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The Hollywood Reporter
It's a messy, childish scrawl of a film, but it is high on energy.
Not so much bleeding edge as screeching edge, Gia Coppola’s Mainstream is a frenetic piece of pop-art social satire that strives to be super-current but feels oddly traditional beneath its eye-searing, pixel-popping surface.
Mainstream feels far more like a callow freshman effort, frantically tricked out with visual gimmicks and affected whimsy, none of which freshen up its palpably millennial stance on that ever-renewing question of whether or not the kids are all right.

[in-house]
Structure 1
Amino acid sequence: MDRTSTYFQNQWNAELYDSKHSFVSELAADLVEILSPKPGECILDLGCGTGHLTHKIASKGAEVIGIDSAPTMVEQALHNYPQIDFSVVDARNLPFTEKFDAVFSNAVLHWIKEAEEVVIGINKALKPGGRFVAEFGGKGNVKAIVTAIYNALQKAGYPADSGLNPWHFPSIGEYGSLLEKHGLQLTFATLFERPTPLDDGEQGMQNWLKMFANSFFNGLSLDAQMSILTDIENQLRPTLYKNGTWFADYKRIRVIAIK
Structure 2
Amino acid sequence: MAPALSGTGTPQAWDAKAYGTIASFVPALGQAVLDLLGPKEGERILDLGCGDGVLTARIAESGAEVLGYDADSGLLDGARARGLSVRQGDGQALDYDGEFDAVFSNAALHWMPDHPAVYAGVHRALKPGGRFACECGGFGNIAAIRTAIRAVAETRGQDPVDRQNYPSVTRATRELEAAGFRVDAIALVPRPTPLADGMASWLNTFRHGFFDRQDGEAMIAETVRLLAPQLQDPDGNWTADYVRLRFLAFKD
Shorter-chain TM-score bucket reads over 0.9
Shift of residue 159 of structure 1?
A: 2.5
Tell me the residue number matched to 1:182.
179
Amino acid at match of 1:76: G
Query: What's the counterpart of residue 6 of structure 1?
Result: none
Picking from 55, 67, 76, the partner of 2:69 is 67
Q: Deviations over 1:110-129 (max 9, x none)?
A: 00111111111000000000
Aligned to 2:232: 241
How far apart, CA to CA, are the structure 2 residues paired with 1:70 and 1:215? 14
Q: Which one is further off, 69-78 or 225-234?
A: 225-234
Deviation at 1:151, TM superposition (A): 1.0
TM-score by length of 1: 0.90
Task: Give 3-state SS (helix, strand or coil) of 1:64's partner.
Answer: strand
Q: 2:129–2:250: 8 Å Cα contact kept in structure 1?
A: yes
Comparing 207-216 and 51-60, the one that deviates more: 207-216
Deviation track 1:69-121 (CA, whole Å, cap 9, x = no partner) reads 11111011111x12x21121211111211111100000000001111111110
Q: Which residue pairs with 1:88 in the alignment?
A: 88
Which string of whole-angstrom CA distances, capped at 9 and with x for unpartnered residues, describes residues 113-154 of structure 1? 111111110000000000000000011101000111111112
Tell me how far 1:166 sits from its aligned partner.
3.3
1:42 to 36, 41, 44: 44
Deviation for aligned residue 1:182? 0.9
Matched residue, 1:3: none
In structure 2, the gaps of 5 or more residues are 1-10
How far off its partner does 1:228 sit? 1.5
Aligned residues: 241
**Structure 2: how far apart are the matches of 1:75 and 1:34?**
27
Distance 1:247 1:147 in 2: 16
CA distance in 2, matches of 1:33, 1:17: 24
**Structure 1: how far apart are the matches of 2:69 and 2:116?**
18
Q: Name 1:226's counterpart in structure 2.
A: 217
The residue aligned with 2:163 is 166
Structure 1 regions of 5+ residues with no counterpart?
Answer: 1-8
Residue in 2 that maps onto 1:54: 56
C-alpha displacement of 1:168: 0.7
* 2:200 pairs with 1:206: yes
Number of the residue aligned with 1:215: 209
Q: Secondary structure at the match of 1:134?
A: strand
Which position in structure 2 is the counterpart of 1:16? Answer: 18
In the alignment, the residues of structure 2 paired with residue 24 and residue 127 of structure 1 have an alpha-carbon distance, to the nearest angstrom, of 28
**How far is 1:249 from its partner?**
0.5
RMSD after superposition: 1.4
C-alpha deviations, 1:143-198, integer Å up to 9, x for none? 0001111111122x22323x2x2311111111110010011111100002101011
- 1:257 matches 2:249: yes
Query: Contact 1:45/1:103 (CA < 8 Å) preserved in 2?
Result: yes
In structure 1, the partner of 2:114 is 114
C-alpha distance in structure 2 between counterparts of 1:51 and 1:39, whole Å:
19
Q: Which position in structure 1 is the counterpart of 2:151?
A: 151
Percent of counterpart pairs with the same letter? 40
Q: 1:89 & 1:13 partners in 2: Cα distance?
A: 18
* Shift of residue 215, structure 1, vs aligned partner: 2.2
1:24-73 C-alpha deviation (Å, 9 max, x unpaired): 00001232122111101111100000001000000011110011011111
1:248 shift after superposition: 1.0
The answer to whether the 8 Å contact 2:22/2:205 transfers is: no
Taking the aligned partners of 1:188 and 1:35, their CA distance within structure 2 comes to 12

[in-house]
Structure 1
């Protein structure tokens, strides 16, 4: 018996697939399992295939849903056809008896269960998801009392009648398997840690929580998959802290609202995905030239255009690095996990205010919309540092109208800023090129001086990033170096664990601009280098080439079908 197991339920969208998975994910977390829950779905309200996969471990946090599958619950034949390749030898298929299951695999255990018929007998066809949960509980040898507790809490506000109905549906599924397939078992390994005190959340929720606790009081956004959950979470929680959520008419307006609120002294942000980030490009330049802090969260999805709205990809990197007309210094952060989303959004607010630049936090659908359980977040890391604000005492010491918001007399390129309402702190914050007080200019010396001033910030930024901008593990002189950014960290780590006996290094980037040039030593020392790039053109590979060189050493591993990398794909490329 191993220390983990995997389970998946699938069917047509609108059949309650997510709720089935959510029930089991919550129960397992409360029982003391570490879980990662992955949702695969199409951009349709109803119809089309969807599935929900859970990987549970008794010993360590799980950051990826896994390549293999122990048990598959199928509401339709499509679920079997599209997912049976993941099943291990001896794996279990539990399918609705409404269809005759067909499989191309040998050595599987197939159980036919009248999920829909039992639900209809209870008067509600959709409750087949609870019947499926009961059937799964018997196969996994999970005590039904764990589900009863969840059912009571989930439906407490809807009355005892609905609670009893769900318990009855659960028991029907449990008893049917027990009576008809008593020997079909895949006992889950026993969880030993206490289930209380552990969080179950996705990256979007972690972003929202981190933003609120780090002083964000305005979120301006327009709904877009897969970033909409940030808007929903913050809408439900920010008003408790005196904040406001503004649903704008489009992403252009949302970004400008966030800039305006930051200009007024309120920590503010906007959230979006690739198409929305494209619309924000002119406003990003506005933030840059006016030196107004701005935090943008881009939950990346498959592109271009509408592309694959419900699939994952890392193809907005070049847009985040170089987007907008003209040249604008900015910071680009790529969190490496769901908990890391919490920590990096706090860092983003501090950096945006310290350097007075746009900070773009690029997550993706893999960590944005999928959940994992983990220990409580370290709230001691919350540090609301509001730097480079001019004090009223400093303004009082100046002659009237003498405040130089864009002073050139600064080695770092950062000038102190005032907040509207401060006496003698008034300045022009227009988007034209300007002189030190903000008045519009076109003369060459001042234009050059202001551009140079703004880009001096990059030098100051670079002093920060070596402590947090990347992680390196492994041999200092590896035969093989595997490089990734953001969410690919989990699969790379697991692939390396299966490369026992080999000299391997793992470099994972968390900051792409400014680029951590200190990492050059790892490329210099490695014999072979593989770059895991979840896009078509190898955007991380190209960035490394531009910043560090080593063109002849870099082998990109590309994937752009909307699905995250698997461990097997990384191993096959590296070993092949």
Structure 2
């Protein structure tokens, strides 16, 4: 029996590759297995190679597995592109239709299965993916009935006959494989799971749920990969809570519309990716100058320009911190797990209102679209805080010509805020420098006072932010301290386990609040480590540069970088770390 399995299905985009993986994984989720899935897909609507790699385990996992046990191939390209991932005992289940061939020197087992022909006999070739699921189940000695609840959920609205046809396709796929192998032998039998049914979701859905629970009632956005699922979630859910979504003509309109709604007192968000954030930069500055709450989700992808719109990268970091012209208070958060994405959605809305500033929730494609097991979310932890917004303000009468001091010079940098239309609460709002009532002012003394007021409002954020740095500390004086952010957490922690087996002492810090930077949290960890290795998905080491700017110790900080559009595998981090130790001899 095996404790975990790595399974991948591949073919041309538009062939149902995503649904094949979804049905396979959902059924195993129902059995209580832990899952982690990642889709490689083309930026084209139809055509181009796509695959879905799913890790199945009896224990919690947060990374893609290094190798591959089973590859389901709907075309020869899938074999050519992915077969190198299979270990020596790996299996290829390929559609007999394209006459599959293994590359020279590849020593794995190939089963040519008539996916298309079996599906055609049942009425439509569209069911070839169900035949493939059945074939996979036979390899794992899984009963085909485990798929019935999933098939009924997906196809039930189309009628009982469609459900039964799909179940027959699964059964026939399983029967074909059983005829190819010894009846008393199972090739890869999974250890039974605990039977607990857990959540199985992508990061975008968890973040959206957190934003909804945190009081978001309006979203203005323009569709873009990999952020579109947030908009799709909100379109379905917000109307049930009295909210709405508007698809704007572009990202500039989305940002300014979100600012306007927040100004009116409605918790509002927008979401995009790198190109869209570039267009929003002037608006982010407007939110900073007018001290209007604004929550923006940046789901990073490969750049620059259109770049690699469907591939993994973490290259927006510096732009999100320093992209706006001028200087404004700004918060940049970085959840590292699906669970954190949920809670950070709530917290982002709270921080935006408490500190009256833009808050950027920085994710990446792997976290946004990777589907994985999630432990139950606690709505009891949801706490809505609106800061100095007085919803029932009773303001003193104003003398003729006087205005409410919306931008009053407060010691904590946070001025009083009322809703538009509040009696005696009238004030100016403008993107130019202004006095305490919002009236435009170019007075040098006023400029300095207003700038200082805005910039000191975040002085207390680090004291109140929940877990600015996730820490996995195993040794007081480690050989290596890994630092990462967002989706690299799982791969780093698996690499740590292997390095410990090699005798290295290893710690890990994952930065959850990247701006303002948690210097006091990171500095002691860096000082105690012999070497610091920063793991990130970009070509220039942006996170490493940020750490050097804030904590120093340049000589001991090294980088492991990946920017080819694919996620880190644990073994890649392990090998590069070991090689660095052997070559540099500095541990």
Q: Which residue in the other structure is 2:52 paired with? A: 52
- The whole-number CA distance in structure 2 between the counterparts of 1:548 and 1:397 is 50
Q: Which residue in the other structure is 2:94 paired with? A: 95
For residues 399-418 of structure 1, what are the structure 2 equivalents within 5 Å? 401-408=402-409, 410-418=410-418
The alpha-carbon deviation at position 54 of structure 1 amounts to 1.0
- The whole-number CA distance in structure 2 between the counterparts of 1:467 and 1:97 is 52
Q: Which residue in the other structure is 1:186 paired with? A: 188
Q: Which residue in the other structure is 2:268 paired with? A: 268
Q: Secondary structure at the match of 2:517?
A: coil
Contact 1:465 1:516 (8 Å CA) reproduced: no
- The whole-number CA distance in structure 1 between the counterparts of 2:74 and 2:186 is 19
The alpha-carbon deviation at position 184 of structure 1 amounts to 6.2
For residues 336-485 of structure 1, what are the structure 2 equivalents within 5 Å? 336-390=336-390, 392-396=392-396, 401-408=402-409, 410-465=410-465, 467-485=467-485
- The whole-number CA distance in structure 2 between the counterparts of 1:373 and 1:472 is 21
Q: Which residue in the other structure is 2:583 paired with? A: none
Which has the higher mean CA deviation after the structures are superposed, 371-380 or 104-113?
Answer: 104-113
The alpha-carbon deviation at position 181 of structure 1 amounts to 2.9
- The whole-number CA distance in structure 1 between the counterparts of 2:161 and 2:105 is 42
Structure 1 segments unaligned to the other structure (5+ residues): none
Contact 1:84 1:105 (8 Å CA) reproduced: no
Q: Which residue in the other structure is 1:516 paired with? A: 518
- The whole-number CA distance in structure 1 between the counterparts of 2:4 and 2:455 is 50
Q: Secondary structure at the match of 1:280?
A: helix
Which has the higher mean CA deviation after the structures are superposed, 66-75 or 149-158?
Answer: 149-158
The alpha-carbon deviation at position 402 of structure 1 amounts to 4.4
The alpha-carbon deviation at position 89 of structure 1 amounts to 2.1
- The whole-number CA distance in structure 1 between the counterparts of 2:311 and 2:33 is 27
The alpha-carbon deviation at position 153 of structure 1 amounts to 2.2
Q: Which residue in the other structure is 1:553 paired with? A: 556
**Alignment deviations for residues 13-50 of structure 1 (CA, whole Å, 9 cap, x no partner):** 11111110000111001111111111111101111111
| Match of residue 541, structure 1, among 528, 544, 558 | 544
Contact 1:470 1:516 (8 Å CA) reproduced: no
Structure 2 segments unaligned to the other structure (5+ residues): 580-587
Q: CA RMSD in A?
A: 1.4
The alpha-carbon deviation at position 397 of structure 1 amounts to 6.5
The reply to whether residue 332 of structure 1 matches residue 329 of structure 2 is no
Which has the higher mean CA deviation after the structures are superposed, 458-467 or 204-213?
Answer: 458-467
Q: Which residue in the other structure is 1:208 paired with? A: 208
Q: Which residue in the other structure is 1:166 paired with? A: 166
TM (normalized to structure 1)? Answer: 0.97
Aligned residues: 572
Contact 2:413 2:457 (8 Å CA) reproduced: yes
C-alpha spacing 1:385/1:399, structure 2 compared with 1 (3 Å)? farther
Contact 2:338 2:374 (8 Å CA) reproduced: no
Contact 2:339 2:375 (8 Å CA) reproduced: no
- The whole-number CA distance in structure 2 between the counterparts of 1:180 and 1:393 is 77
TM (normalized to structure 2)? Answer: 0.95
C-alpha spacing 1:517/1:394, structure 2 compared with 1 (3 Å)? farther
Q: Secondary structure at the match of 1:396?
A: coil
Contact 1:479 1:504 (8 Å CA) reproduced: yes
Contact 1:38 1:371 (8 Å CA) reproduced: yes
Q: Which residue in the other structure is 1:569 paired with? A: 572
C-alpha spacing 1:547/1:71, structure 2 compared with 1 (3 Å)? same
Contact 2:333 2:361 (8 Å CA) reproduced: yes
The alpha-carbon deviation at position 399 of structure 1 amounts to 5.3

A brittle, exasperated satire on social media celebrity, her sophomore film, like the tacky messiah it creates in Andrew Garfield’s YouTube sensation, soon becomes the very thing it sets out to expose: a glittery, jangly image machine that manufactures little of actual substance, except the conclusion that social media = bad.
The Film Stage
Indeed, the strangest thing about Mainstream (and it is a strange, strange film) is just how out of touch it feels. Granted, if it were easy to make a viral video we would all be doing it; yet what Coppola and her team have come up with is just so lame and off the mark and nauseatingly self-satisfied.
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